RANCID Live at Revolution
Ft.Lauderdale, FL | July 21st, 2006
By Amy Lou Donati
At about 8 p.m., after the air had just barely settled after the previous bands played their sets, about 100 more people filed in to the club to see their beloved East Bay punks Rancid play. I myself was in that "night time arrivals" group, along with my partner-in-crime Outloud photographer Rafael Perez III. As we squeezed into the crowded main room, there was virtually no space to stand, let alone walk freely. The air was thick and humid, like the concrete swampland that is South Florida. Our sweat mingled with other people's sweat, as the anticipation of being at a Rancid show began to take over.
Seconds before the boys graced the stage, the crowd began a loud chant "Rancid! Rancid! Rancid!" The first band member to appear was drummer Brett Reed, and steps behind him emerged guitarist/singer Tim Armstrong, clad in trademark bandana and fedora hat. The crowd went WILD!
Suddenly, as if the intensity couldn't get any stronger, singer/guitarist Lars Fredriksen and bassist Matt Freeman jumped onstageóLars in full 1977 Gutter attire and bleached spikes and beside him, genius bass man Matt Freeman with his greaser/punk and roll threads. Rancid then broke into song.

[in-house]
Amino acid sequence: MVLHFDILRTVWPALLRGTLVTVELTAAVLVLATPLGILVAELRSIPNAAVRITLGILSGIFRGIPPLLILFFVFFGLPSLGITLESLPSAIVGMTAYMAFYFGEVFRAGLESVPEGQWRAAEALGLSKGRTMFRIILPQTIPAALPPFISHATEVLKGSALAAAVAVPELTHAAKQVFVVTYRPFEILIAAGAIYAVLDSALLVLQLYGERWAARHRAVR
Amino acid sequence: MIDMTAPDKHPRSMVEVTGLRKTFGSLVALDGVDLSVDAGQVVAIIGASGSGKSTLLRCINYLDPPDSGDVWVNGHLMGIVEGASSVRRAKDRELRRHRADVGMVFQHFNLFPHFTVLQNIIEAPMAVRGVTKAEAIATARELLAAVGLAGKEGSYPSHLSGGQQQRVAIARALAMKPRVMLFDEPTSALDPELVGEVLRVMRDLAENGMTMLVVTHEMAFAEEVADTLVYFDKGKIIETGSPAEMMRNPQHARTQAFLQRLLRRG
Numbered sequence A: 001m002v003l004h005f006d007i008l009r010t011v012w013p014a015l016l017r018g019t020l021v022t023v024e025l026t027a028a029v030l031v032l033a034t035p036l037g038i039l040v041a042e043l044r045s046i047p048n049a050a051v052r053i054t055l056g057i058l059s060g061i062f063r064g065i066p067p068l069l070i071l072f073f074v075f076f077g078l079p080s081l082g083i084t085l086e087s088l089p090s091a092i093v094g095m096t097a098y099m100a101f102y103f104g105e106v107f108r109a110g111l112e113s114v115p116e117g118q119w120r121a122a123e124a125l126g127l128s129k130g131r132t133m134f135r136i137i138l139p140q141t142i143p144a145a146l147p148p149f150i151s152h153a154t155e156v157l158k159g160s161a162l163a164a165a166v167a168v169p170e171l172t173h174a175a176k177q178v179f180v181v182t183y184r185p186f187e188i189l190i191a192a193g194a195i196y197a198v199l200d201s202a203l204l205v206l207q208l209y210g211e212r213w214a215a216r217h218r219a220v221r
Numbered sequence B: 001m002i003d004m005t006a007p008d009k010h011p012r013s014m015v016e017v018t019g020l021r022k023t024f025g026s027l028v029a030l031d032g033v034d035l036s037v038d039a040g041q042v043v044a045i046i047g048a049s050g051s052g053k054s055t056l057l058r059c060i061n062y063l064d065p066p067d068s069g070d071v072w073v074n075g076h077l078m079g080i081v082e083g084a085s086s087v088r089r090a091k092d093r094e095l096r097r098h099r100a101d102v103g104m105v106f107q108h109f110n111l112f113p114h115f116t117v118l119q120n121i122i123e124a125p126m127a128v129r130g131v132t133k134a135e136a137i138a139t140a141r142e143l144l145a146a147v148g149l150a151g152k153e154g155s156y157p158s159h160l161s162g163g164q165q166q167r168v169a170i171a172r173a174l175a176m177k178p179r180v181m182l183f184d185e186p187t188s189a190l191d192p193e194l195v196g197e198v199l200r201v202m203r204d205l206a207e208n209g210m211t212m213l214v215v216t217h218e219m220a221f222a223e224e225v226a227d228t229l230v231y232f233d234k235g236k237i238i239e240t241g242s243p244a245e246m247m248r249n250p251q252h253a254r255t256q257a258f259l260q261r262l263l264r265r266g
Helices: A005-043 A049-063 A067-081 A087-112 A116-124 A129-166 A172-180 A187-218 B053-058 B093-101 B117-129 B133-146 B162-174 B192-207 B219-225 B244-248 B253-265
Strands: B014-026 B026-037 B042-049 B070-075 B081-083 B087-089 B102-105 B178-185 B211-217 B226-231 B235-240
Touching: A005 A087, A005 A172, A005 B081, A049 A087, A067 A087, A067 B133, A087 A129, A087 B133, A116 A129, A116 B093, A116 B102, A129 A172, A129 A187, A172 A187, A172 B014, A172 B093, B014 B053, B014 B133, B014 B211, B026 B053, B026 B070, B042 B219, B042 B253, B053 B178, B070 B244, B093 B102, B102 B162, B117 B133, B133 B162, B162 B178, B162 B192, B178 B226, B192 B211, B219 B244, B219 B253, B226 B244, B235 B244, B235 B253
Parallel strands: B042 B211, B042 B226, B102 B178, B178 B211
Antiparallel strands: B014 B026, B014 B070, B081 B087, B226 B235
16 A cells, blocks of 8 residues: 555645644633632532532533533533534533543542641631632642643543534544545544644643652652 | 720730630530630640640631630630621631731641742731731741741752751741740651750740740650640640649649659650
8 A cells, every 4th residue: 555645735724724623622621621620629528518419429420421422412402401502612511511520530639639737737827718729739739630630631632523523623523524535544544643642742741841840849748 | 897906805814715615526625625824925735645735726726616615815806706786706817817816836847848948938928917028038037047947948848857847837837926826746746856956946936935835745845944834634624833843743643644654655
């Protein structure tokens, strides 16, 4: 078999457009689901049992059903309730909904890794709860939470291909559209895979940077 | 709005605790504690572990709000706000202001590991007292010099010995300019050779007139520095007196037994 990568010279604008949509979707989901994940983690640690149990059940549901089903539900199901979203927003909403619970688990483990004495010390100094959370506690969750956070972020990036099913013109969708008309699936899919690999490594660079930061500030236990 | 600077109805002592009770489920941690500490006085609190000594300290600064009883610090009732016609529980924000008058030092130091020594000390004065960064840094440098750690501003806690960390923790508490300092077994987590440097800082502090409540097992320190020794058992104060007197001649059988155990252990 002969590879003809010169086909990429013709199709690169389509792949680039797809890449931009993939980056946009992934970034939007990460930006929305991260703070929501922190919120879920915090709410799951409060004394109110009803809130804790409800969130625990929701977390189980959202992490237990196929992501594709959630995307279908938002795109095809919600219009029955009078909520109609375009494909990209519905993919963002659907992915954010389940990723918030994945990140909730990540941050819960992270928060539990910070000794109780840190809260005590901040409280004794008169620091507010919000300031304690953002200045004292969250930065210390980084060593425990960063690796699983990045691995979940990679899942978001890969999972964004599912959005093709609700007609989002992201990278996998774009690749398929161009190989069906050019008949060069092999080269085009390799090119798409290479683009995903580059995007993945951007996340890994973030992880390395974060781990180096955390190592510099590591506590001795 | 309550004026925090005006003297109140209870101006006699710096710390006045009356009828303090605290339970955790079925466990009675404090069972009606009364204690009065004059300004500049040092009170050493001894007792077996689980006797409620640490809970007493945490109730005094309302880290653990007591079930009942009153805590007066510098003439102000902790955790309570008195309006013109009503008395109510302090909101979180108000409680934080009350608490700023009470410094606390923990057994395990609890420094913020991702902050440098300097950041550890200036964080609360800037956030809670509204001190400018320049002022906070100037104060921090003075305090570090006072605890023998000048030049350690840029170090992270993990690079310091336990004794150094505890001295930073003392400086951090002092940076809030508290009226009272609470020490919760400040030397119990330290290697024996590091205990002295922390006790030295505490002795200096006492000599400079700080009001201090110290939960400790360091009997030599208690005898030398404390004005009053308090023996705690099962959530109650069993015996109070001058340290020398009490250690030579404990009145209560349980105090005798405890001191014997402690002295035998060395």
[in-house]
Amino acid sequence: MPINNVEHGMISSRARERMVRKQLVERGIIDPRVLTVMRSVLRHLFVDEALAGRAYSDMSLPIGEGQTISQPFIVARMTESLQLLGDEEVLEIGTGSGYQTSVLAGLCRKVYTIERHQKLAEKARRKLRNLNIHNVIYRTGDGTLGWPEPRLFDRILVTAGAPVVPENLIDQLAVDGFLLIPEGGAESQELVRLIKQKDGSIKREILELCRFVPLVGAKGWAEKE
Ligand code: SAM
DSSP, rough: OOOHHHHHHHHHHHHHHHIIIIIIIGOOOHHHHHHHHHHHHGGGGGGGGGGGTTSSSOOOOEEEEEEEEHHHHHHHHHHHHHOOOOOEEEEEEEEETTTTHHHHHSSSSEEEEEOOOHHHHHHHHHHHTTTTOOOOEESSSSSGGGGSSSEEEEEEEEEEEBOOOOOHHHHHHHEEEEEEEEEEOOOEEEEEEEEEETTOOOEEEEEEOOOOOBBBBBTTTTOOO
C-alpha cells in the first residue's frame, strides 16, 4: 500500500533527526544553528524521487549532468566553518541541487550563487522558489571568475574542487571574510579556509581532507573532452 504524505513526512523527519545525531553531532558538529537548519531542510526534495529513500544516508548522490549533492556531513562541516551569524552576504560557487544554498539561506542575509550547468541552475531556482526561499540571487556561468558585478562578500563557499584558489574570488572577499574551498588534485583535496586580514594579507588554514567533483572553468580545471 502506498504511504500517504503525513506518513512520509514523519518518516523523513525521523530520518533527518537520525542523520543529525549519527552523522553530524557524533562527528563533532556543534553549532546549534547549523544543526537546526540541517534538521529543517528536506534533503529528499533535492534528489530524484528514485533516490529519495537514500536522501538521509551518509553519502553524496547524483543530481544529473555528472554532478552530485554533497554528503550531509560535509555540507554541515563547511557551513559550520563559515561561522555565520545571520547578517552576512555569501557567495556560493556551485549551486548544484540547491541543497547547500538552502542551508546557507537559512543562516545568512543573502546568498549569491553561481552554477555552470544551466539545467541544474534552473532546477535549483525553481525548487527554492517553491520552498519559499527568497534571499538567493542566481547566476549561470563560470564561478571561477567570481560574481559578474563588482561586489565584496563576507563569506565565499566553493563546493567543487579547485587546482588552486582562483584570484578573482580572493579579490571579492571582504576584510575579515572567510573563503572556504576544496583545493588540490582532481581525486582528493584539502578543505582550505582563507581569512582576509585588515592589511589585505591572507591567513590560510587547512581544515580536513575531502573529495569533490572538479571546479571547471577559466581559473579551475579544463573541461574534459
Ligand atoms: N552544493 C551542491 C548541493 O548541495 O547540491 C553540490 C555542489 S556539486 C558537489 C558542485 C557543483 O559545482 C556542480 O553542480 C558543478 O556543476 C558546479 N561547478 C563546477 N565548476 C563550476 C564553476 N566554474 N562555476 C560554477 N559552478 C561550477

They played classics from their self-titled LP, "Let's Go," and a lot of songs from their "...And out come the wolves" LP. To our pleasant surprise, they even played the Operation Ivy song "Big City" and other oldies (a treat for any old-school punk).
The pit was utterly insane, but we couldn't resist being front stage and amidst the chaos. It was hard to breathe, but I still managed to scream for the two hours or so that they played. The unity was abundant, as fans picked one another up after falling on the sticky pit floor while shoving violently forward.
In front of a projection screen showing images of impending war, anarchy rioting and other revolutionary images Rancid blared through songs like "Time Bomb," "Hooligans," "52nd and Broadway," "Automatic," "The way I feel about you", and other punk rock masterpieces.
Overall, I'd definitely say no one left wanting more. Rancid came across as the finely tuned street punk rock machine and ahead-of-their-time musical visionaries they always were. Fully tapping into the depths of Ska, Street Punk, Reggae, Rock Steady, anarcho-punk, rock n roll and even some Oi! Music, Rancid still remains an in-your-face band that never fails to remind us all that PUNX NOT DEAD. Cheers!
For more information on RANCID go to www.rancidrancid.com.
Email Amy a.k.a. Gutter Doll your thoughts: email@example.com